急に is like suddenly I think, this word includes the meanings of without notice or unexpected. すぐに is immediately, as you mentioned. The context describes the baby's general habit, so must be expected things. the answer is 3.すぐに.


7

You can safely use the word 十分 to finish an argument, like this (in the ascending order of politeness): (もう)十分だ! (もう)十分です! (もう)十分でしょう。 「私は十分にあった」 would mean something like "There was a plenty of me", which is weird. 「私は十分だ」 would make sense, which sounds like "As for me, enough. (For others, let them keep arguing if they like)". 「もうたくさんだ!」 ...


7

Should mean こんにちは (Good day) or depending on the time こんばんわ (Good evening). Same as おは for おはよう :)


7

It's for polite use by both genders, and the most generally used first-person pronoun. While it used to be more for women, this is no longer the case. It is true that women tend to use わたし (watashi) more than other pronouns, but it is not a feminine pronoun†, and it is frequently used by men. It is more polite than others and also used more generally. ...


7

Those two words do not assume the same roles. 少{すこ}し is an adverb and 少{すく}ない is an i-adjective. So basically, 少し will modify a verb whereas 少ない will tell that there is not much of something. Some examples. 友達{ともだち}が少ない。I don't have a lot of friends. 時間{じかん}が少なくなった。There is not much time left. (lit. Time has become rarer.) ...


6

In this context, 「て」 = 「ても」. In informal speech, 「て」 is often used instead of 「ても」. What is 「ても」, then? It is a compound of two particles used to express "permission" or "tolerance". Both of the following phrases mean "It is OK to ~~", "It is OK if ~~" with the first one being more informal than the second. 「~~て(も)いい」 「~~て(も)かまわない」 Thus, your ...


6

A phrase that hasn't been mentioned and may prove very useful would be とんでもないです。 とんでもないことでございます。 It's a polite way of saying "not at all". I think どういたしまして is polite, but somehow carries too much the nuance of "You're welcome" in that it accepts the fact that whoever is thanking you is correct in thanking you. とんでもない rejects the very idea of ...


6

クラス at school can refer to: a group of students who learn together (このクラスには生徒が35人います。) a lesson, a lecture (5分後に数学のクラスが始まります) In kanji, the former is 学級, and the latter is 授業/講義. 学級 and クラス (in the first meaning) are basically interchangeable, but 学級 is typically used in elementary and middle schools. For some reasons, people start to prefer クラス maybe ...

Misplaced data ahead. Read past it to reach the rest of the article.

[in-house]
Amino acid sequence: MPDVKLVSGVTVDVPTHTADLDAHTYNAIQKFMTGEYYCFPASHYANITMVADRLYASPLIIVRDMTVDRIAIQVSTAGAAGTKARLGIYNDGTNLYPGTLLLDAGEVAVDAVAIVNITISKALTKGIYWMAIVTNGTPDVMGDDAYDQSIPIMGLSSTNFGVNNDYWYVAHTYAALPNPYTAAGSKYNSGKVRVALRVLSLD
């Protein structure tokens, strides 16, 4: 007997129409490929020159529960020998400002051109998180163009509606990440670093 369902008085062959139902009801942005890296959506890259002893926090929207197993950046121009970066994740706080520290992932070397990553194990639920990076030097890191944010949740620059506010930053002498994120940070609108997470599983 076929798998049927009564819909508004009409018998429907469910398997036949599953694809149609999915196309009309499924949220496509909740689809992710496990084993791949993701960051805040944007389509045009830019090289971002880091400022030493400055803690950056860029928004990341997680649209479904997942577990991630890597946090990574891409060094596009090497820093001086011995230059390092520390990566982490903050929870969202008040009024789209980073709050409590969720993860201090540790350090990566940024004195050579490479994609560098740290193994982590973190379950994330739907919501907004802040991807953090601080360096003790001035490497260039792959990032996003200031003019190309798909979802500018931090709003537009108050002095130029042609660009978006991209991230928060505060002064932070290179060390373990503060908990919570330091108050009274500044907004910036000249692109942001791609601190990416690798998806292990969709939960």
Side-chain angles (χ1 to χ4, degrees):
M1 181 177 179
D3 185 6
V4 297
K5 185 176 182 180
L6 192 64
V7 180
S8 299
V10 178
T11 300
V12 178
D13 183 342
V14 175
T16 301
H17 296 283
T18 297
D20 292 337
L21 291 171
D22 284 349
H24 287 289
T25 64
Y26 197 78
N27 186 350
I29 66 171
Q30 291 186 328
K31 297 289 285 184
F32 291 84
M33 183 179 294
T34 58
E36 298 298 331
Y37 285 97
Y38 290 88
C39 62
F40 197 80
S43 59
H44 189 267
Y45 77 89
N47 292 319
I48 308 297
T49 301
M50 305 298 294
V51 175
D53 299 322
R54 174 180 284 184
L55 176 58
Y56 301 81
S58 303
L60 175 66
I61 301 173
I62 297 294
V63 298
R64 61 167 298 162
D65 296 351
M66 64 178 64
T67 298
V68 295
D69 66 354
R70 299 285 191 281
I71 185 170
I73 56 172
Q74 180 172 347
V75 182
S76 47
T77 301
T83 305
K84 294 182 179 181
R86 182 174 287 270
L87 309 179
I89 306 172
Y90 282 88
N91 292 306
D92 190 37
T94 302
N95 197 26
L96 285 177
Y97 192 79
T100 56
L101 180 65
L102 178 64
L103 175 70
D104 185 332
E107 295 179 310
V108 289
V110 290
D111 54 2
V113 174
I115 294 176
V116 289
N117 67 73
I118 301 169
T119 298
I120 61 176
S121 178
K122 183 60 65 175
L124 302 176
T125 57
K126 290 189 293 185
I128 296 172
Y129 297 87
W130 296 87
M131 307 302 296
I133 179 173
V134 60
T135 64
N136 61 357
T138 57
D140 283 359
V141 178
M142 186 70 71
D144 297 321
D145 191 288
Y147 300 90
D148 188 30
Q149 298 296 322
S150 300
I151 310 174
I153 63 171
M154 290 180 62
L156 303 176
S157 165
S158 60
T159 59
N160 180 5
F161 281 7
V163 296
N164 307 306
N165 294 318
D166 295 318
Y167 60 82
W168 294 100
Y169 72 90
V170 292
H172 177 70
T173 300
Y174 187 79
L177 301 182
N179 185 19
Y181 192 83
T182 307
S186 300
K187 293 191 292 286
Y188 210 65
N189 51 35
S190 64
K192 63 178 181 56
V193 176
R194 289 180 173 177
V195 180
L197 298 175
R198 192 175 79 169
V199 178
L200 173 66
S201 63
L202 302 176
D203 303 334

6

Although it's etymologically a compound of 落{お}ち+入{い}る, it's now usually written 陥る instead. The NHK漢字表記辞典 recommends writing it 陥る and doesn't mention the other spelling at all. Some dictionaries list both spellings, as you point out; for example, 明鏡国語辞典 lists the word under 陥る but mentions the alternative etymological spelling: 〔表記〕語源を反映させて「落ち入る」とも。 ...


6

答{こた}え is a generic word that can mean answer, response or solution. 回答{かいとう} is a response to being asked something. It is always elicited by someone else. (An unsolicted answer/solution to, say, a riddle would be either 解答{かいとう} or 答え.) 正解{せいかい} means correct. Usually said in reponse to someone's 回答 (e.g., in a quiz).


6

I think very few Japanese people recognize that 予定調和 is from Leibniz (I didn't know that). When this appears in daily conversations, it means "safe but expected result", "without surprise/trouble", "never changing", "repeated many times", "according to the scenario", etc. Typically this is used for long-running TV series like サザエさん, where characters never ...


6

(Note that 寝る doesn't necessarily imply sleeping, but can mean "to lie down".) 寝台 is just what it says: an elevated platform (台) for lying down / sleeping (寝) and usually refers to the "bed"s in couchette/sleeping cars in trains (or buses, ships, etc.).


6

回復 is a general word for recovery, though it's often used for economics, healing from injuries / diseases, and the weather getting better: [景気]{けいき}の回復が[急務]{きゅうむ}とされている。 [怪我]{けが}のほうもすっかり回復しました。 [台風]{たいふう}は[今夜中]{こんやじゅう}に[抜]{ぬ}けて、[明日]{あした}にはお[天気]{てんき}も回復する[見込]{みこ}みです。 修復 is used mostly for artifact restorations (like in the question) and ...


6

I think there is almost no difference in their meanings, and the two phrases are almost always interchangeable. I said almost because I can not think of even a single counter example in a few minutes as a native speaker. By the way, you can also use a verb, '計画する', without 'を' in a similar way. For example, 旅行の計画を立てる。 旅行の計画をする。 are similar to ...


6

Literally, 各位 is a respectful way to say "each" or "all". So "All customers" might be a more literal translation. Practically, 各位 is often used as a suffix in formal headings to convey the meaning of "Dear ..." or "Attention all ...". These kinds of headings are often highly stylized and fixed, so don't let it concern you if the translation doesn't work on ...